I wanted to purchase a greeting card that would let me write the message myself. My first stop was a conveniently located CVS pharmacy. They had a vast selection of greeting cards. Yet every last card had some sort of idiotic jingle already written in it.
When you take the time to read these jingles, it becomes clear how greeting card companies select the people who create them. Basically, company recruiters invite prospective employees for an interview, sit them down and challenge them to expound upon a theme. It could be a general theme, such as “Happy Birthday”, or something more specific, such as “Good luck on your Communion, from your Mother’s second ex-husband”. I think that one was located in aisle four.
Prospective job candidates, pen in hand, attempt to compose a verse that expresses the emotion of the given occasion. The candidate may try to be funny, rueful, poetic, lyrical, ironic, or some combination thereof. Prospective employers read the results carefully. If they find that the candidate has succeeded in any of these goals, even in a small way, then the candidate is immediately shot, gangland style, and their lifeless body dumped behind an old greeting card warehouse somewhere in New Jersey.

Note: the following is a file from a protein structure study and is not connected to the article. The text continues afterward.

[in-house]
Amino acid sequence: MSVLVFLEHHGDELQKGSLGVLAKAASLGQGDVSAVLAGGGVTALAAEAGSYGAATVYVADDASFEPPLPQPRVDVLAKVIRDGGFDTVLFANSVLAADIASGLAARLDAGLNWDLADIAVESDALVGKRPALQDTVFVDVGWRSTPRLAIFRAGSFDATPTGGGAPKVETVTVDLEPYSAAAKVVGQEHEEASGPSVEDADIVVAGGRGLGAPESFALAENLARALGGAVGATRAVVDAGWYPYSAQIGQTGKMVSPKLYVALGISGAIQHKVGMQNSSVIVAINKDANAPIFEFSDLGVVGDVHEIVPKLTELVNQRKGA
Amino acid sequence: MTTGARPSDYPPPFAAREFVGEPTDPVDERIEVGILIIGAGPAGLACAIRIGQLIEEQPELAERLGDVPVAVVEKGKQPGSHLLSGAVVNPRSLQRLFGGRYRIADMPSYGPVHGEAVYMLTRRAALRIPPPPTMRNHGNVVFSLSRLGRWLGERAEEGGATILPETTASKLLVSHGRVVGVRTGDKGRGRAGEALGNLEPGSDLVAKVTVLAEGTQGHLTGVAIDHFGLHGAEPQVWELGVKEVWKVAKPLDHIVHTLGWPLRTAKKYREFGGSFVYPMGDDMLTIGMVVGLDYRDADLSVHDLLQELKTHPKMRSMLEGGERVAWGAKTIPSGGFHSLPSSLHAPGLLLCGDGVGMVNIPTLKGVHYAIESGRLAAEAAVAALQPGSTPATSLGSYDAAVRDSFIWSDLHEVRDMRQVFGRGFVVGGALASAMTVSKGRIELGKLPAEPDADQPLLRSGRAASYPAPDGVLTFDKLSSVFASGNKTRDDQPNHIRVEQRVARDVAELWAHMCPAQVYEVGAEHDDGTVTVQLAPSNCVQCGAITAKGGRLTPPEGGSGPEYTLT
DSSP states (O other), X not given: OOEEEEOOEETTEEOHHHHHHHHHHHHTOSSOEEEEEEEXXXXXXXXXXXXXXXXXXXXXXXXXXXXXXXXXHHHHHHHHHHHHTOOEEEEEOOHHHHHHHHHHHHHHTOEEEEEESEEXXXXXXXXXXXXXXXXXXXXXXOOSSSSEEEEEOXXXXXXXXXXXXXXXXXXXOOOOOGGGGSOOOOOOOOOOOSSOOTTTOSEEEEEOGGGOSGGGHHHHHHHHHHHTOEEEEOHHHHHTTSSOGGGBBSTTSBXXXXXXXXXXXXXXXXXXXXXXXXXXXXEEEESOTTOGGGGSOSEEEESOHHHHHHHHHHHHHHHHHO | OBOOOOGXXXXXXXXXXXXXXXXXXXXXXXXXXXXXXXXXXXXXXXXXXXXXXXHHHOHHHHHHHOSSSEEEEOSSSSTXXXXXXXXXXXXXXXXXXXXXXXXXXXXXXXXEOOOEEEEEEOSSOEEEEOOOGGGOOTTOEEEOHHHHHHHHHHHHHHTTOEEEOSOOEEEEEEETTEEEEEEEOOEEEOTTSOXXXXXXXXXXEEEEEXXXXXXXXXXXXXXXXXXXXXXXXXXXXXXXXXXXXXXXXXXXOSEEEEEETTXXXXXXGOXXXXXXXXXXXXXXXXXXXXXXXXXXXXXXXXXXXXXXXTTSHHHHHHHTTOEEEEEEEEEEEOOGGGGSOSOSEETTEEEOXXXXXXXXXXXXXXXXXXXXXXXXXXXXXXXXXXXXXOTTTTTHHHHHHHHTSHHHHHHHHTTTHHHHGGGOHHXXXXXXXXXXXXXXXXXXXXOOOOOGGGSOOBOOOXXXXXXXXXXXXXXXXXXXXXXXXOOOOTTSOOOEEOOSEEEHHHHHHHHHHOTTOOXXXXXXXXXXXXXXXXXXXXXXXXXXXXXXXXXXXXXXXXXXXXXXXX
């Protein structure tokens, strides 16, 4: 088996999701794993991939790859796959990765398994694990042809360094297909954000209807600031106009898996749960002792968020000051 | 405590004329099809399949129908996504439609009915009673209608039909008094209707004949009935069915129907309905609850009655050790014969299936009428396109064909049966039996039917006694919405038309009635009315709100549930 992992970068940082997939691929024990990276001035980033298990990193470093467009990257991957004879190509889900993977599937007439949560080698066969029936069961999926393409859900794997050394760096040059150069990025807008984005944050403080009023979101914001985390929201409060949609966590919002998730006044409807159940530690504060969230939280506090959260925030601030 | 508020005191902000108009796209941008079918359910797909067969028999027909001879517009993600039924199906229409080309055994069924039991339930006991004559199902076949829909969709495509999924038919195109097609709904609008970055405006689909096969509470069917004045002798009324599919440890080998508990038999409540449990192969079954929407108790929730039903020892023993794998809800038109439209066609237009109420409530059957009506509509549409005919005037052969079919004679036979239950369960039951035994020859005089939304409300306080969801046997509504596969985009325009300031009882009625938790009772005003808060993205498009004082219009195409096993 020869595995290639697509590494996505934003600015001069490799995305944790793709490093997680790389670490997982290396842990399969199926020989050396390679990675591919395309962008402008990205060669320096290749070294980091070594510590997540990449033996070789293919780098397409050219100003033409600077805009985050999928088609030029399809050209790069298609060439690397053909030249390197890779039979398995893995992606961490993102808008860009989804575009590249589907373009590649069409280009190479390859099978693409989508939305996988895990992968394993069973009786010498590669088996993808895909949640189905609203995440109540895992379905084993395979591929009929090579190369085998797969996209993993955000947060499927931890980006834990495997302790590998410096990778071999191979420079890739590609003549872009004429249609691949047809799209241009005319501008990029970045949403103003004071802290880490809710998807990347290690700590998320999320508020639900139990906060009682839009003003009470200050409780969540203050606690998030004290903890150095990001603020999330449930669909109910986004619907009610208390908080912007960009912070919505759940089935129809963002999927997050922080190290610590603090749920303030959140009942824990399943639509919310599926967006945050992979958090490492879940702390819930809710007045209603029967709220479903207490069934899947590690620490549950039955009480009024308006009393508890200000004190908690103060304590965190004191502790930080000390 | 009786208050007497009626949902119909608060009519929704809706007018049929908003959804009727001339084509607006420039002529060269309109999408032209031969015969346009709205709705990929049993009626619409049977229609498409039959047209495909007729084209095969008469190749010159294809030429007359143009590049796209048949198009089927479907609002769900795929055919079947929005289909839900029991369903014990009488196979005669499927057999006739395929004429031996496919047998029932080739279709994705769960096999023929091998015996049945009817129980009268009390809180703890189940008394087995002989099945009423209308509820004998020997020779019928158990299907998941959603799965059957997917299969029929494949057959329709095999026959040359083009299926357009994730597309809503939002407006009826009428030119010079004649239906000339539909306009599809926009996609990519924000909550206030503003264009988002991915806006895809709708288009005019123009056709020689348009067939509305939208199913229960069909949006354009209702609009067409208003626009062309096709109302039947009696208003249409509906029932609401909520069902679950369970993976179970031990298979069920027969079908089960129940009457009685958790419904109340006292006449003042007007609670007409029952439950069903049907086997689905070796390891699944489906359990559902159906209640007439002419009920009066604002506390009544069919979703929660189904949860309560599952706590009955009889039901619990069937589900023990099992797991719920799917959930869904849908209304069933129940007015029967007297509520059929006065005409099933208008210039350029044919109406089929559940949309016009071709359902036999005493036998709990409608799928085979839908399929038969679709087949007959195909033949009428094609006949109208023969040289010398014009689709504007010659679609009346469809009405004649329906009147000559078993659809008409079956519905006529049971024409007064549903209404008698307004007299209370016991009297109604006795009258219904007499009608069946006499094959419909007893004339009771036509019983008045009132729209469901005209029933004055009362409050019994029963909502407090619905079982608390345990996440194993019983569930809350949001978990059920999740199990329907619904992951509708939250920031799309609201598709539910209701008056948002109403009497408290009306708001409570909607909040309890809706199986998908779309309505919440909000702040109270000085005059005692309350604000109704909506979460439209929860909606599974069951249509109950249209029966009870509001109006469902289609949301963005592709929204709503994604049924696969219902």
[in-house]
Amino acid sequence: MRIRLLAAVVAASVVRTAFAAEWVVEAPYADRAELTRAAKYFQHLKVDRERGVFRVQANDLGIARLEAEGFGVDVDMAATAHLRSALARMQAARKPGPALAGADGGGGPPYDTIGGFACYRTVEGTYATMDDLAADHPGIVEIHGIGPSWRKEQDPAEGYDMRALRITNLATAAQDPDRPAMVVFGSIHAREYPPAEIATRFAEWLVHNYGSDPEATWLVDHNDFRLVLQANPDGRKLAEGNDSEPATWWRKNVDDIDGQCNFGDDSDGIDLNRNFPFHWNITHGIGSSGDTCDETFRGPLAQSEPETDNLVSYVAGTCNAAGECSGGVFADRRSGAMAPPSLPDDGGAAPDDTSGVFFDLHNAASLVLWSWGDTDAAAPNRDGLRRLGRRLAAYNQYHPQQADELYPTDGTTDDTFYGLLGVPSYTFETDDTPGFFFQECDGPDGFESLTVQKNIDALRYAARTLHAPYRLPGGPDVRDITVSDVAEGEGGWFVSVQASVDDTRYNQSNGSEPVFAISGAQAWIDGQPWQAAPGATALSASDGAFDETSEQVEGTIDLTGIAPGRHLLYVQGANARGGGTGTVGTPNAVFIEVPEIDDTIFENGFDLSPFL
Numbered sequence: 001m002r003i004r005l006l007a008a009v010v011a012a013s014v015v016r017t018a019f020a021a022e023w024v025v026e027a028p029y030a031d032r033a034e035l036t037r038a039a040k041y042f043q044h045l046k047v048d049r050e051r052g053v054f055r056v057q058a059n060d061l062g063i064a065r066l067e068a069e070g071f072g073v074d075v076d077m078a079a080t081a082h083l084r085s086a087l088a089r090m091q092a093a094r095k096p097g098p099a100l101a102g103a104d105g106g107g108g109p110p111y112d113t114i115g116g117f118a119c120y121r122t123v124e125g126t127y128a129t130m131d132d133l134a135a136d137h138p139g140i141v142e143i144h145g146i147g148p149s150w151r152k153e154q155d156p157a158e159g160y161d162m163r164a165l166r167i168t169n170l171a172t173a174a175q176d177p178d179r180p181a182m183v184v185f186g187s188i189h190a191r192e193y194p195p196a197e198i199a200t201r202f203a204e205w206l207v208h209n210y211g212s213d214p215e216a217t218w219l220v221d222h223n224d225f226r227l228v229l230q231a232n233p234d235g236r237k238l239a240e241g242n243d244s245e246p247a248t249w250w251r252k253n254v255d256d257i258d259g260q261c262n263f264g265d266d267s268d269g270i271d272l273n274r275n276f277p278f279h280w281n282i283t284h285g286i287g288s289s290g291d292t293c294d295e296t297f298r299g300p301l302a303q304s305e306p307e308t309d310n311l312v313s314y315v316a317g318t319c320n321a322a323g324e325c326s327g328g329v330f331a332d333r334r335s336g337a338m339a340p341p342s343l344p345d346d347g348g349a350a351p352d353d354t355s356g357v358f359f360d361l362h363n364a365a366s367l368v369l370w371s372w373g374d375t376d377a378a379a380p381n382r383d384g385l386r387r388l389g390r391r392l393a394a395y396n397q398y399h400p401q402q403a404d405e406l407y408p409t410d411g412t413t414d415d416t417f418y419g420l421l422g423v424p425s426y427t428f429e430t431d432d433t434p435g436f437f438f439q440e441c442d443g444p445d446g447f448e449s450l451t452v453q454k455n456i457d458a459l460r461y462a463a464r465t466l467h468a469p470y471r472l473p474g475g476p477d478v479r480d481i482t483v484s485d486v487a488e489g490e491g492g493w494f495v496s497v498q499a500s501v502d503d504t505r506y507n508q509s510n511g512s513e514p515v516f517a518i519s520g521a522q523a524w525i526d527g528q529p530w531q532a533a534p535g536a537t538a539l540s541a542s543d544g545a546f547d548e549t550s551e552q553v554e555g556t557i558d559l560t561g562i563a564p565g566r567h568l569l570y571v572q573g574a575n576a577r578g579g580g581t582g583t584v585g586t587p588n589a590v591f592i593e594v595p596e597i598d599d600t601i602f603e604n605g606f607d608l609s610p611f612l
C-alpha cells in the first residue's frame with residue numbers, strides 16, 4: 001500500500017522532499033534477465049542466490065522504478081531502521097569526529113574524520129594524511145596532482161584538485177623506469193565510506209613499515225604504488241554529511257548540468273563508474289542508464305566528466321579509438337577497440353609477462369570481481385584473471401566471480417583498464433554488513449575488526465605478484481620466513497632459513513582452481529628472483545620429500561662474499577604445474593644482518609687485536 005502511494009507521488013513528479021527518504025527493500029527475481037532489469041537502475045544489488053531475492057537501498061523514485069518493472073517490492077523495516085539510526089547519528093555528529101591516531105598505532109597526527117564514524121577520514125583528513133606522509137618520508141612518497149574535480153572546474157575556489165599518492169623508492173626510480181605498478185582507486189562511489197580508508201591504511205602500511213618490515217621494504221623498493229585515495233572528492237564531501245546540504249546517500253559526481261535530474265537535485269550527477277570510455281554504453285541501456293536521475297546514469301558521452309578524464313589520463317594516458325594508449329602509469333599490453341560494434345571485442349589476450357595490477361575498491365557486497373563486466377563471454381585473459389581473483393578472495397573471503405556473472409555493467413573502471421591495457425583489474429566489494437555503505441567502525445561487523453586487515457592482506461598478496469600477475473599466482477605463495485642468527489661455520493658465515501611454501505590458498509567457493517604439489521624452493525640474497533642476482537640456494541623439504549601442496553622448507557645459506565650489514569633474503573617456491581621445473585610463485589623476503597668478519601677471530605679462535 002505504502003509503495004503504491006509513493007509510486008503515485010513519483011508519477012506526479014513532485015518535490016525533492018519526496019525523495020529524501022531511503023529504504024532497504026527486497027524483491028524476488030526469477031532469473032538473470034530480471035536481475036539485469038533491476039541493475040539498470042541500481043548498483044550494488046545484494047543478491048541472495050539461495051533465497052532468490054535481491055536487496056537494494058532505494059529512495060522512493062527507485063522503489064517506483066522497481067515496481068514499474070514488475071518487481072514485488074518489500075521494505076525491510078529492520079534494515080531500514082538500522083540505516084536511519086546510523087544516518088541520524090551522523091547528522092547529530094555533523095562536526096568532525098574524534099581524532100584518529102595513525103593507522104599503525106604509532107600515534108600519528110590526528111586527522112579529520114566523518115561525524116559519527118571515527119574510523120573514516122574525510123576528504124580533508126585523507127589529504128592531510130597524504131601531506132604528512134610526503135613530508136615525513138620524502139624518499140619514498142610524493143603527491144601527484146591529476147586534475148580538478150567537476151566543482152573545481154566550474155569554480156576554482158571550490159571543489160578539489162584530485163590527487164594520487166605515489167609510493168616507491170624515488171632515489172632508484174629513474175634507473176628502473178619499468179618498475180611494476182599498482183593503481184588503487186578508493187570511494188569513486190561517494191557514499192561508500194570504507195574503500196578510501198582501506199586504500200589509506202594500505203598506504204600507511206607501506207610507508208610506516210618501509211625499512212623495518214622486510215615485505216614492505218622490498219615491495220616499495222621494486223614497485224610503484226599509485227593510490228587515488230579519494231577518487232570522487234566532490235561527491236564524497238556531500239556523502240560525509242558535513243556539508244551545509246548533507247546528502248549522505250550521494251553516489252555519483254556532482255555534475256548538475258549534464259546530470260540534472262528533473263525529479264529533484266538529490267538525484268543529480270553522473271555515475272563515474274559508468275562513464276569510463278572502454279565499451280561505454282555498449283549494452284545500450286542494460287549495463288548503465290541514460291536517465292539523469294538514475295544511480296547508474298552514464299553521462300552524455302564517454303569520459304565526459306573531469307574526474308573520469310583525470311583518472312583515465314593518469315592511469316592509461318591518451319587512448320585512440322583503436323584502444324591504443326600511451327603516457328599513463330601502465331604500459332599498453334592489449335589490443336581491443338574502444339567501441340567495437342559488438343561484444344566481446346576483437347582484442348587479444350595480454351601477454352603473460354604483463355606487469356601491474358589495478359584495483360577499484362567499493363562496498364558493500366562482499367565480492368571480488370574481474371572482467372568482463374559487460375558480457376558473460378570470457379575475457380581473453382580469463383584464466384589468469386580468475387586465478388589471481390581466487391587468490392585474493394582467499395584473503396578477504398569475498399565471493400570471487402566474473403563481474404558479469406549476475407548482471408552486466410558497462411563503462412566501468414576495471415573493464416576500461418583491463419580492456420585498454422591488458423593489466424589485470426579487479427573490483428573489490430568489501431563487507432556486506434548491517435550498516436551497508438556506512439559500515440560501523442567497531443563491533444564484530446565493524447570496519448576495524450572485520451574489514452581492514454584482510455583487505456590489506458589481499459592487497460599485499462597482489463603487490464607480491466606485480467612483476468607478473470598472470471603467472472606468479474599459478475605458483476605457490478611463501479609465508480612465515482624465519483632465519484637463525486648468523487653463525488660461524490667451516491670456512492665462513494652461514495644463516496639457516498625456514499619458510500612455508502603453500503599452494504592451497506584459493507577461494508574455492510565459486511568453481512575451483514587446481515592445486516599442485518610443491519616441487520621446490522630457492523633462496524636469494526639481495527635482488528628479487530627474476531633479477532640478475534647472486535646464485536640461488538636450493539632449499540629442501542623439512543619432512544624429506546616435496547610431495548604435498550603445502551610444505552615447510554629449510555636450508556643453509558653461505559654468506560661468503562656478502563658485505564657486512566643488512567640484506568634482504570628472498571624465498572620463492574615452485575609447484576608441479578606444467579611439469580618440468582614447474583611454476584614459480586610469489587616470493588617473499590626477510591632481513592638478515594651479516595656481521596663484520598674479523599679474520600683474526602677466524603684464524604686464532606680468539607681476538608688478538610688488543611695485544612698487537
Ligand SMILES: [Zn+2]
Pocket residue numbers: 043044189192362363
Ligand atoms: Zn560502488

This process is iterated in a methodical way, until all human beings capable of writing a decent greeting card have been systematically eliminated from the population. Whoever is left alive is then hired as a professional writer of greeting cards.
I may be wrong about some details of this process — I am merely reconstructing a plausible scenario based on the available evidence. Yet if you read through many of these cards, I think you will agree that this, in essence, must be the standard procedure.
Two blocks away I found a lovely little store called Papyrus that offers a large section of the most extraordinarily beautiful and imaginatively decorated blank greeting cards. I purchased one of these, and proceeded to write my friend a note that said exactly what I wanted to say.